Relevant Reading: Parroting Quotes To Create The Pretense Of Knowledge.

As another example, swastikas have historically appeared across many different cultures throughout history. But in the modern world, swastikas are now usually associated exclusively with Nazism due to the Nazis’ rise to power and the symbol’s repeated association with Nazis.

1.3. Selective Attention

Consciousness can be thought of as will and awareness. If one expands, the other detracts. Attention is the concentration of awareness on some phenomenon to the exclusion of other stimuli. Selective Attention is an individual’s limited capacity to choose what they pay attention to and what they ignore.

Language influences people’s thoughts when their minds subconsciously associate connotations with a term(s), or get preconceived notions about what a concept(s) is/are from the phrasing used to explain the concepts when they first learn about them. This occurs when definitions evade people’s Selective Attention, perhaps as a truth sandwich.

If we fail to pay enough attention to how words and concepts are defined, our preconceptions of the ideas will influence how we think about them. As we shall see in the videos below, humans have limited attention spans, so it’s always possible for someone to sneak details into our thoughts without us noticing.

When words are construed to evade people’s selective attention, this tends to result in false equivocation fallacies, contradictory beliefs, and double standards. Selective Attention thus plays a major role in forming our belief networks.

Since every person has their selective attention focused on different subjects, different people will be able to catch when definitions are influencing our thoughts. The key to expanding our selective attention is to avoid echo chambers and ideological circles and explore other people’s perspectives and worldviews. As subjects, we have limited knowledge about the world. Every person’s perspective is different and has different assumptions. Exploring other perspectives allows us to bring our unexamined assumptions into our consciousness and critique them, which is the main goal of philosophy.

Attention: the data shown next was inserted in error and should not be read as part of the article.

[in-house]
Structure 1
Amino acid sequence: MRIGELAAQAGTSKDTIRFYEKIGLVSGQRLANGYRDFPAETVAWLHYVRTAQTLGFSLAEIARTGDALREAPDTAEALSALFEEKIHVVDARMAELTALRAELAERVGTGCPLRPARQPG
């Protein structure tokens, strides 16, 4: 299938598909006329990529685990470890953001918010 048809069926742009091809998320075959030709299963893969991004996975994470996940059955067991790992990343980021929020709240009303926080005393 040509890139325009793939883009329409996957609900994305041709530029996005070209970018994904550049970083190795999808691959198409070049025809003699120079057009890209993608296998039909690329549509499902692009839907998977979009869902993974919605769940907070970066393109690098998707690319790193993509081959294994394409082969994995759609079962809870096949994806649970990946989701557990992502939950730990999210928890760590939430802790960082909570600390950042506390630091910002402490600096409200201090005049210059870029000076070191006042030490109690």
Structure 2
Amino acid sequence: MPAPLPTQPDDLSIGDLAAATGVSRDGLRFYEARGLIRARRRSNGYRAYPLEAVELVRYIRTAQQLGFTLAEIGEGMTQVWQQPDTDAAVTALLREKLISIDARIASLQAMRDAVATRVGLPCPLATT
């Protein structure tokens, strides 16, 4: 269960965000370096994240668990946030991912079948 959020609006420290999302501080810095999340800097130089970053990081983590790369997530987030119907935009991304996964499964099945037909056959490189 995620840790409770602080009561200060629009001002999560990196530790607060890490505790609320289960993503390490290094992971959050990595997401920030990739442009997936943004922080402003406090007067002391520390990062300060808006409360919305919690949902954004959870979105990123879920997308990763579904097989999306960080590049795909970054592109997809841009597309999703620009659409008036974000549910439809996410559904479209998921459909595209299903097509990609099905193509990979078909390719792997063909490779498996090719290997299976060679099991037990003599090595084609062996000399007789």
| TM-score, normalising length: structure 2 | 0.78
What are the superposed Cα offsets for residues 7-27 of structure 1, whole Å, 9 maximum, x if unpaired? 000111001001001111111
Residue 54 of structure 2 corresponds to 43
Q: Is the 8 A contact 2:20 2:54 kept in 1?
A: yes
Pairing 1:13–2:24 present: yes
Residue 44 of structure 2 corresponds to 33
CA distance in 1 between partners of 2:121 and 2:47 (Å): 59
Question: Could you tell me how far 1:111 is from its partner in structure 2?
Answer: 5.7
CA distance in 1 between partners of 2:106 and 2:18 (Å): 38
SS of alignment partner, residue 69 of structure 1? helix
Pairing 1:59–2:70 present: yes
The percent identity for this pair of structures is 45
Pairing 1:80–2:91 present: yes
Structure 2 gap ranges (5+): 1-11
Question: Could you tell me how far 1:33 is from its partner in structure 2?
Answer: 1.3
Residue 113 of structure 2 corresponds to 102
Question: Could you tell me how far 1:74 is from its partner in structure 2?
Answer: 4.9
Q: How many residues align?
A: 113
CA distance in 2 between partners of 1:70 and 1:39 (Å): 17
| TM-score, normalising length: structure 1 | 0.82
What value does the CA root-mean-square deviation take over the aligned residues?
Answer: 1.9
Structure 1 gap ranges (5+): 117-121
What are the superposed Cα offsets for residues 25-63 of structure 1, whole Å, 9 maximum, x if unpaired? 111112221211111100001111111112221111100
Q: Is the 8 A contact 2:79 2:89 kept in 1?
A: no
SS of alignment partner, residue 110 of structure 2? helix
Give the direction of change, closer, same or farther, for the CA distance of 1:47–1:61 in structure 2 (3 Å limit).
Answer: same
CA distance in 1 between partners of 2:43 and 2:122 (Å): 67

If someone were extremely well-versed in a subject to which they were opposed, then no amount of calling this rose by another name would fool them into changing their opinions. For instance an expert on Communism who is opposed to Communism could never be taken in by somebody attempting a thesaurus argument trying to convince them that Communism is good. Try though they might to relabel it “collectivism” or “meritocratic distribution” or something else, the expert is always going to recognize the underlying idea regardless of what it’s being called. But now imagine someone who is ignorant to the details of Communism, yet is still superficially opposed to the idea. Maybe a better dead than red country-type. Now he may balk if someone tries to discuss implementing Communism in his country, but would be much more likely to discuss the ideas of “collectivism” or “meritocratic distribution” The ignorant are susceptible to thesaurus arguments because their lack of understanding means they oppose only the word not the ideas the word is supposed to represent which they do not understand.

1.3.1. Tracking And Modeling Where Our Attention Is Focused

Memes compete for real estate in our brains. Theoretically, we can determine which memes and thought patterns are most dominant within our minds, as well as what we’re ignoring (what we talk don’t talk about) by using Corpus Linguistics to analyze the frequency of words and collocations in our speech. Collocations have major effects on our cognitive processing by affecting how we associate words together because words get their meaning from other words.

1.4. Using Language to Influence Thought

Successful communication depends on the meanings of words and phrases depends existing or “agreeing” between minds. When words don’t have the same connotations between the minds that are communicating between each other, this makes it possible for misunderstandings. When people debate and they have mentally defined terms differently from each other, they often talk past each other, unless they clarify what they mean in their mental definitions.

Conway’s Law is the principle that organizations tend to design systems that mirror their own communication structure. In order for a product to function, the authors and designers of the product’s component parts must communicate with each other in order to ensure compatibility between the components. Therefore, the technical structure of a system will reflect the social boundaries of the organizations that produced it, across which communication is more difficult.

Conway's Law